A political contact sometime ago when I was first getting into political parties and their politics once said to me when I asked him why he was an A.C.T. member, “It’s the party of liberty and freedom”.
That was one Rick Giles, who famously went on to say during an interview that the case against climate change existing was so compelling that no further explanation was needed. Mr Giles has since disappeared from sight on the political front. But the party he represented in that interview is still around, coming to the end of its second term as a one person band.
A.C.T. is a party that on one hand I would love to see fling itself head first into political oblivion, thereby forcing the right fringe of New Zealand politics to reorganize itself and seek a fresh mandate to exist. On the other hand, it serves a very – annoyingly – useful purpose in that it is a clear beacon for those on the right. Some of those people have not been entirely clean – David Garrett, who introduced the “Three Strikes” legislation omitted to tell A.C.T. or Parliament he had committed passport fraud using the identity of a dead baby and was forced to resign in disgrace.
Its current leader David Seymour will probably take Epsom on 23 September 2017. This will not be because New Zealanders necessarily like him – his party barely scored 1% of the party vote at the last election and would have suffered complete electoral oblivion save for Epsom voters and a deal with National for them to not actively campaign in that electorate. It will perhaps be because Mr Seymour door knocked every single house in the electorate – something probably no other candidate in any electorate anywhere in the country could claim to have done.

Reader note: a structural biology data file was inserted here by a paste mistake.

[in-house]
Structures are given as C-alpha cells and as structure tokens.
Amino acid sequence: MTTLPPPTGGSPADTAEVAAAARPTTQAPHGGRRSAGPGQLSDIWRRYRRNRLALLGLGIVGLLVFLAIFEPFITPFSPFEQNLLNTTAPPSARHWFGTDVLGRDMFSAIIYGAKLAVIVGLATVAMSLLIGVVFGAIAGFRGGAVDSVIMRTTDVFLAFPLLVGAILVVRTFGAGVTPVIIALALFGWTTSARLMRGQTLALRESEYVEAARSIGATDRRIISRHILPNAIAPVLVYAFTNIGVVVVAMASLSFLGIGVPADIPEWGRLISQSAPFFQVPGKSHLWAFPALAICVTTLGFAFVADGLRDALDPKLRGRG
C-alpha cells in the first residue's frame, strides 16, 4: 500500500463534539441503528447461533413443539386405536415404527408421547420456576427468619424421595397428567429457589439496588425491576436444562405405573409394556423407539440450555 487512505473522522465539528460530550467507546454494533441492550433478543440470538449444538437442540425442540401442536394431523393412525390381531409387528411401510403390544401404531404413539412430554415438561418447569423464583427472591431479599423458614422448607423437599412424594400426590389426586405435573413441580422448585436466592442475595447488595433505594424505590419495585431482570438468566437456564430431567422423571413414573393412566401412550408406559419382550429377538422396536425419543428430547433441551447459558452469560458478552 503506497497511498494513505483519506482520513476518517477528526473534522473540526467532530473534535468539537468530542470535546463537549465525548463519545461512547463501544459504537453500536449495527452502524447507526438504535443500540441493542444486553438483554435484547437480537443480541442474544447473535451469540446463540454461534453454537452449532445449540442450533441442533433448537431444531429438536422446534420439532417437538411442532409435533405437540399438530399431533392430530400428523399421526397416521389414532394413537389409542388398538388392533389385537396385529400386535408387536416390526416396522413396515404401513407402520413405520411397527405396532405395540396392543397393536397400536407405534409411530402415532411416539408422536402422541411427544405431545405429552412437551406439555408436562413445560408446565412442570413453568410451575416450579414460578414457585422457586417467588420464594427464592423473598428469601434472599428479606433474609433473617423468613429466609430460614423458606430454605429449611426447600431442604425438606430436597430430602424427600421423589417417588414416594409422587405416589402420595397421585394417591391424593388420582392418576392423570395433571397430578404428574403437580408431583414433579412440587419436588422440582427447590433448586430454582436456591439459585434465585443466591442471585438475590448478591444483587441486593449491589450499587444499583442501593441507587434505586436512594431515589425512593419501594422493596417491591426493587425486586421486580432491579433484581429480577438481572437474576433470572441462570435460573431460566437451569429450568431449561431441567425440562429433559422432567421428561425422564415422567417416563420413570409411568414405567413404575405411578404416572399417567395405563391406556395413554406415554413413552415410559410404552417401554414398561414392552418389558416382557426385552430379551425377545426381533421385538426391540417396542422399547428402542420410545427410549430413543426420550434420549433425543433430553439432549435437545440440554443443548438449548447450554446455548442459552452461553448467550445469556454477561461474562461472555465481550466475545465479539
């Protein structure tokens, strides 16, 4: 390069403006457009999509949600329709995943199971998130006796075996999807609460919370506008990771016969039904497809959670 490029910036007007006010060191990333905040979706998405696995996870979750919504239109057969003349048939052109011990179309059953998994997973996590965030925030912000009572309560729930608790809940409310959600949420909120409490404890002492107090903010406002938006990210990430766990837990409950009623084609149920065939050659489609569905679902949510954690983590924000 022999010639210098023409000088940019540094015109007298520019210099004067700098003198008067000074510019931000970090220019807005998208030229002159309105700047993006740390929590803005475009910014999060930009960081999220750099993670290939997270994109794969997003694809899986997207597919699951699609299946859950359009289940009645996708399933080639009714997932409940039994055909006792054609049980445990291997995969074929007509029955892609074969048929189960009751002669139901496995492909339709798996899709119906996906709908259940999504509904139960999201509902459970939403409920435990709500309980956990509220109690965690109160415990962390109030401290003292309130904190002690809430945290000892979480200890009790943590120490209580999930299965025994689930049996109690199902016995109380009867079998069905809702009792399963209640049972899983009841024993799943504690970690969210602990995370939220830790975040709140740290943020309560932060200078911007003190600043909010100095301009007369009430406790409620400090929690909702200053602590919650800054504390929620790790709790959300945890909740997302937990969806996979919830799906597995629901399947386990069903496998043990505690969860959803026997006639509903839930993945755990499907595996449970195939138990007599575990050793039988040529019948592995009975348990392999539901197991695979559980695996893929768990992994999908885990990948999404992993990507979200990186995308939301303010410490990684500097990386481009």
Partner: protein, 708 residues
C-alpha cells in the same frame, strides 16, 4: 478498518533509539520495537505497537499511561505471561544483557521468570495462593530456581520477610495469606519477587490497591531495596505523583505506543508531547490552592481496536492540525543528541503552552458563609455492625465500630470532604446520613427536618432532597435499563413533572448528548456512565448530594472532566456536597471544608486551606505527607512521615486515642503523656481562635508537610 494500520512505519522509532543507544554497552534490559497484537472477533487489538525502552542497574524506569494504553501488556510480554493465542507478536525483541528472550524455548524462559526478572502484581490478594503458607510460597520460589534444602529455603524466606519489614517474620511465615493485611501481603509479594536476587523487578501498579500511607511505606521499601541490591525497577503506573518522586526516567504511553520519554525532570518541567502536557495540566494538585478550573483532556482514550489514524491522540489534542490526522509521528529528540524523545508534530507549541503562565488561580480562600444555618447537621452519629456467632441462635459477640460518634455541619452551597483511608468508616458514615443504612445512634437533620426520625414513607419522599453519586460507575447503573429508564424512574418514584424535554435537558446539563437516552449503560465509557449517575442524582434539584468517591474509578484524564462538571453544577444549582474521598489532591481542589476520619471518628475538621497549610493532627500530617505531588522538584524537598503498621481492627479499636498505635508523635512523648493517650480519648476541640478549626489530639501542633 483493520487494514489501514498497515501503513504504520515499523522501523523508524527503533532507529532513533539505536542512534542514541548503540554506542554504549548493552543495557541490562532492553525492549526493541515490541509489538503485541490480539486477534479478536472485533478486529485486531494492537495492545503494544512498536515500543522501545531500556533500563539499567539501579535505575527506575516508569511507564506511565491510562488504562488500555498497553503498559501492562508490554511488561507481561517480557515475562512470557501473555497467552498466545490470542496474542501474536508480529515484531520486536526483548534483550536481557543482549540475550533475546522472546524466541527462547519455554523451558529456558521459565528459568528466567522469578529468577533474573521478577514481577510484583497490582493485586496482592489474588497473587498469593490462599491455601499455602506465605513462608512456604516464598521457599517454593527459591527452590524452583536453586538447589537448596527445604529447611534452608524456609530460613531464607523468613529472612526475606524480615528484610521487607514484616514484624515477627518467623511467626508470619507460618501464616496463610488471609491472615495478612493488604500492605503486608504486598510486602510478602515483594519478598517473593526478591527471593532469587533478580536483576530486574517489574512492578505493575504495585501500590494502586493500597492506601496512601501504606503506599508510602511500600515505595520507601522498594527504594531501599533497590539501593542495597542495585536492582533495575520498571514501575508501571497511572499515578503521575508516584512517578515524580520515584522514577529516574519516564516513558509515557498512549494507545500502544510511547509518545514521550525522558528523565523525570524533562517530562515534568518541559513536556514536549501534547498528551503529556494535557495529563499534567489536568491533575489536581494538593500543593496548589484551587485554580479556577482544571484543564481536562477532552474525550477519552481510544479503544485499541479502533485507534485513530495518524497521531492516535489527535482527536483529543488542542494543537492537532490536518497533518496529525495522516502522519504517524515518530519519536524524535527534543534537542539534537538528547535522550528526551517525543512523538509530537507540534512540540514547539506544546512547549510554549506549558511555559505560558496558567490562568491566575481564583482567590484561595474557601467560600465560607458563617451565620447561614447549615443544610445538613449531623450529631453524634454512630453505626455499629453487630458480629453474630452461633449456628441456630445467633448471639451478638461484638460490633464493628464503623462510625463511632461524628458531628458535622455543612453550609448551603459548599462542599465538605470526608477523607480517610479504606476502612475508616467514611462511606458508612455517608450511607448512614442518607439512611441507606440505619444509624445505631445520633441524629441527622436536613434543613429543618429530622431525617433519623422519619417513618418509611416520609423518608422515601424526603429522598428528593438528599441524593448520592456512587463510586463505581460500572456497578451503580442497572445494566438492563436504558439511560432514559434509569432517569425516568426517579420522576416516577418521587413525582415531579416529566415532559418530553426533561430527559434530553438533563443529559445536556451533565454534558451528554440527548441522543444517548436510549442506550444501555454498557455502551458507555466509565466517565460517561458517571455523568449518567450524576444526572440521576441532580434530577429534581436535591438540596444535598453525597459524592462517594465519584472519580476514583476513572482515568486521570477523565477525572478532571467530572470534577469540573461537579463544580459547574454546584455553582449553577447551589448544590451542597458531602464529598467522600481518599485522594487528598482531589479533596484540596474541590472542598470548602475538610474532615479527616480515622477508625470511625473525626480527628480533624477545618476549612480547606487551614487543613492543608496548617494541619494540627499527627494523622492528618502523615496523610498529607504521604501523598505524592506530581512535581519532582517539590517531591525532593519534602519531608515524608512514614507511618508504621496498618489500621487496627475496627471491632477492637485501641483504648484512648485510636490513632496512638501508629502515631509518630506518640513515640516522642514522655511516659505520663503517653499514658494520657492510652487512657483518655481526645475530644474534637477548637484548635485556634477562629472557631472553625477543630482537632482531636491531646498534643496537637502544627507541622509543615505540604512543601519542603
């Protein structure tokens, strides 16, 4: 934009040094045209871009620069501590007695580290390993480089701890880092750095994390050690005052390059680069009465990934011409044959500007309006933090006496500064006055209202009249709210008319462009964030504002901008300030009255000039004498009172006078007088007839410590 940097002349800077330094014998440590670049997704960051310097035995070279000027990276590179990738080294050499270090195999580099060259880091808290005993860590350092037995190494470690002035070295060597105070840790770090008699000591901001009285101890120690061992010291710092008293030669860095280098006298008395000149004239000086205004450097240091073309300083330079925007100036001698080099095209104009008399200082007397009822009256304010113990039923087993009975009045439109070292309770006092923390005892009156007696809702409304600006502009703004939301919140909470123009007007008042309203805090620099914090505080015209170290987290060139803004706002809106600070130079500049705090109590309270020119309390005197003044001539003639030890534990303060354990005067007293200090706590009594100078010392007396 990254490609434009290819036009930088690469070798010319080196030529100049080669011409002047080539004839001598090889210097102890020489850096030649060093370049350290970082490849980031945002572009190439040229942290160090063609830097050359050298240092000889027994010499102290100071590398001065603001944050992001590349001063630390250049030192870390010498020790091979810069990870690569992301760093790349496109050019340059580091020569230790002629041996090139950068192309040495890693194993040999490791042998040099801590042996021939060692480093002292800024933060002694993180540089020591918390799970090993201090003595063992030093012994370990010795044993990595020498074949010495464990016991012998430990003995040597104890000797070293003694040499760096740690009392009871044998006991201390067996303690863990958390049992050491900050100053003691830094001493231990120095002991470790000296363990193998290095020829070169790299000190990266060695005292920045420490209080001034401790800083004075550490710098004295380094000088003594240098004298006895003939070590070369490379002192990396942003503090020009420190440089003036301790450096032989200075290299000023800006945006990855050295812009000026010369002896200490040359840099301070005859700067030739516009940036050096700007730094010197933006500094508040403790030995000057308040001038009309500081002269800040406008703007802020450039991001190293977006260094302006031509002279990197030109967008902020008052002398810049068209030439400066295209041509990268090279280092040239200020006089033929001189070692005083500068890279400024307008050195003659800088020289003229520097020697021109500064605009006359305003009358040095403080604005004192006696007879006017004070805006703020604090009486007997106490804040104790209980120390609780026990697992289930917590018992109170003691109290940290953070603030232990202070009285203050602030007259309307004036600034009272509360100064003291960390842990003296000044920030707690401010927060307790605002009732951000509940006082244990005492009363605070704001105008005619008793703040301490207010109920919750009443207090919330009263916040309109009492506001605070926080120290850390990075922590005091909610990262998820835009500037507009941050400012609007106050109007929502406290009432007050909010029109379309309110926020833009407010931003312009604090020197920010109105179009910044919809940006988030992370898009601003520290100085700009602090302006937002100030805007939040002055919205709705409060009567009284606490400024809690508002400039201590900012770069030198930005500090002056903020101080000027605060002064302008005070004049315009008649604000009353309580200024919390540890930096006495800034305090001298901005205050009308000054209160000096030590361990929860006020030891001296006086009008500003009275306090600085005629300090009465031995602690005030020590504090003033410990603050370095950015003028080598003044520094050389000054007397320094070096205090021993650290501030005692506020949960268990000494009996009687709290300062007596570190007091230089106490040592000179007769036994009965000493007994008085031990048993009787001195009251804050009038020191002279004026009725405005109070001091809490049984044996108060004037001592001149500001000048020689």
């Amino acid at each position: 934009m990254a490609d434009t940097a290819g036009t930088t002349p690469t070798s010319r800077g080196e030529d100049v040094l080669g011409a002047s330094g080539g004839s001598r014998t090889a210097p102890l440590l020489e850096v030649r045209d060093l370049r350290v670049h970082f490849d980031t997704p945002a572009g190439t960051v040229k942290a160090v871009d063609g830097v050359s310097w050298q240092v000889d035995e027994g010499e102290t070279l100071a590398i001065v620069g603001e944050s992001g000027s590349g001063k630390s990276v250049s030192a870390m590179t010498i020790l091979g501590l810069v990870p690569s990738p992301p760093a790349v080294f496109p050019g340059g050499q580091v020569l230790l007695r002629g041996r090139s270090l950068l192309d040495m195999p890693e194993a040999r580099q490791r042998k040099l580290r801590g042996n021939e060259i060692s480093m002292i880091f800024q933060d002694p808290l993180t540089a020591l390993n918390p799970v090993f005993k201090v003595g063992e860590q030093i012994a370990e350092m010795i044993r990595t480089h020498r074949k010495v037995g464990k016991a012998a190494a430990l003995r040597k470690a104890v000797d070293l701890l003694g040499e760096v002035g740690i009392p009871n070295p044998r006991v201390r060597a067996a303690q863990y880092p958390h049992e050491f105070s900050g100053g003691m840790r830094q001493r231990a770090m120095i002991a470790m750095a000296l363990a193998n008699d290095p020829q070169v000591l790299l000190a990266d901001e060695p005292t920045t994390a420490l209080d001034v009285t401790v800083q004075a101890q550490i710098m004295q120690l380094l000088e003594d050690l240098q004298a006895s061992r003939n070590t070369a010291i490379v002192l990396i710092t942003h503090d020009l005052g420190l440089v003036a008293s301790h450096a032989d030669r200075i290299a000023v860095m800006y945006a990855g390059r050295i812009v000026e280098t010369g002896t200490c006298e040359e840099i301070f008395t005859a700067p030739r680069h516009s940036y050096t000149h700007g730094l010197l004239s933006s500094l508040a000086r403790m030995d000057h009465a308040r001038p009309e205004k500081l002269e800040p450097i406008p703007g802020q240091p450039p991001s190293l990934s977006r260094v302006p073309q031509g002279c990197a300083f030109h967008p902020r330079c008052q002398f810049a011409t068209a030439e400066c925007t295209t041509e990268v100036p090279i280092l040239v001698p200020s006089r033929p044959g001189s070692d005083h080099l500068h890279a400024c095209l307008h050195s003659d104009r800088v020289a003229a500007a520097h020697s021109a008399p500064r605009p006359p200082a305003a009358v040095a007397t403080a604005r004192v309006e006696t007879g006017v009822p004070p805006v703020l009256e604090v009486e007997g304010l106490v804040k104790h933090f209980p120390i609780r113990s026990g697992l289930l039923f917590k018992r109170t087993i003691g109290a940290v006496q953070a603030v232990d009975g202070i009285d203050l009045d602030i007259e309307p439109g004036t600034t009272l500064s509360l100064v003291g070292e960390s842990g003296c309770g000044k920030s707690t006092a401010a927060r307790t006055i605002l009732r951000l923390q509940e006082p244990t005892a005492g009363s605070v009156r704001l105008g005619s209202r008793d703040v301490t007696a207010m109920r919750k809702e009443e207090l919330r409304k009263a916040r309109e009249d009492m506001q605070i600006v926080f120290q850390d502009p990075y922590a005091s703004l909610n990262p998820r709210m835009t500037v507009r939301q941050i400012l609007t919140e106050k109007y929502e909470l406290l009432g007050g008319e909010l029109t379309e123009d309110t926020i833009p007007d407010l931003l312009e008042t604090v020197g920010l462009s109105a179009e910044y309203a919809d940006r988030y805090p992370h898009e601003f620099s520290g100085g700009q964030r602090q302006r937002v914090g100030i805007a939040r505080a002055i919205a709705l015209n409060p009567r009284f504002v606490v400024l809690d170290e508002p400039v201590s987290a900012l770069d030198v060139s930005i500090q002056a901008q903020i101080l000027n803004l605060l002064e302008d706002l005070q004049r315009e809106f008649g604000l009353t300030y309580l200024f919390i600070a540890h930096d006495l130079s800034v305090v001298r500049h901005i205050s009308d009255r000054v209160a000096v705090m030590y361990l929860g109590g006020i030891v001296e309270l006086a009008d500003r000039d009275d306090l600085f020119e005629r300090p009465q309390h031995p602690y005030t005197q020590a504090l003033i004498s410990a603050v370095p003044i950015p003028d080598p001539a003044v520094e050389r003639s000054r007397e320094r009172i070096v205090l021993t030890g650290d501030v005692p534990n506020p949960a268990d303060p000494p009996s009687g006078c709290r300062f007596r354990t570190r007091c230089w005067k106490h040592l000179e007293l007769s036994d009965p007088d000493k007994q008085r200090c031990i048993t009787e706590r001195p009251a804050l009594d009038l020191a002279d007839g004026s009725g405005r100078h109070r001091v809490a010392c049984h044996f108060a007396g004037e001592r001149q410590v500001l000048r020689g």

Mr Seymour perhaps deserves a bit of credit. His Bill of Parliament to permit voluntary euthanasia has been drawn from the ballot. He is to his credit one of the few Members of Parliament actively working to address the issue, and I was personally pleased when it was drawn.
Euthanasia aside though, there is nothing at all from my perspective to like about the A.C.T. Party. It would repeal the Resource Management Act if it could get the numbers in Parliament. It has shown scant regard for socio-economic well being of low income earners, middle New Zealand and minorities. A.C.T. supported the Trans Pacific Partnership Agreement and has an almost blind belief that everything New Zealand does should be based on what happens in the United States – that we are somehow incapable of making New Zealand laws for New Zealand and New Zealanders.
I don’t expect that it will ever be more than right wing bit party. But as long as Epsom wants an A.C.T. member to be their M.P., and he can find a cause or two to rally his party around, I cannot see A.C.T. leaving Parliament either – which for the purpose of knowing where the right wing fringe are, might not be a bad thing.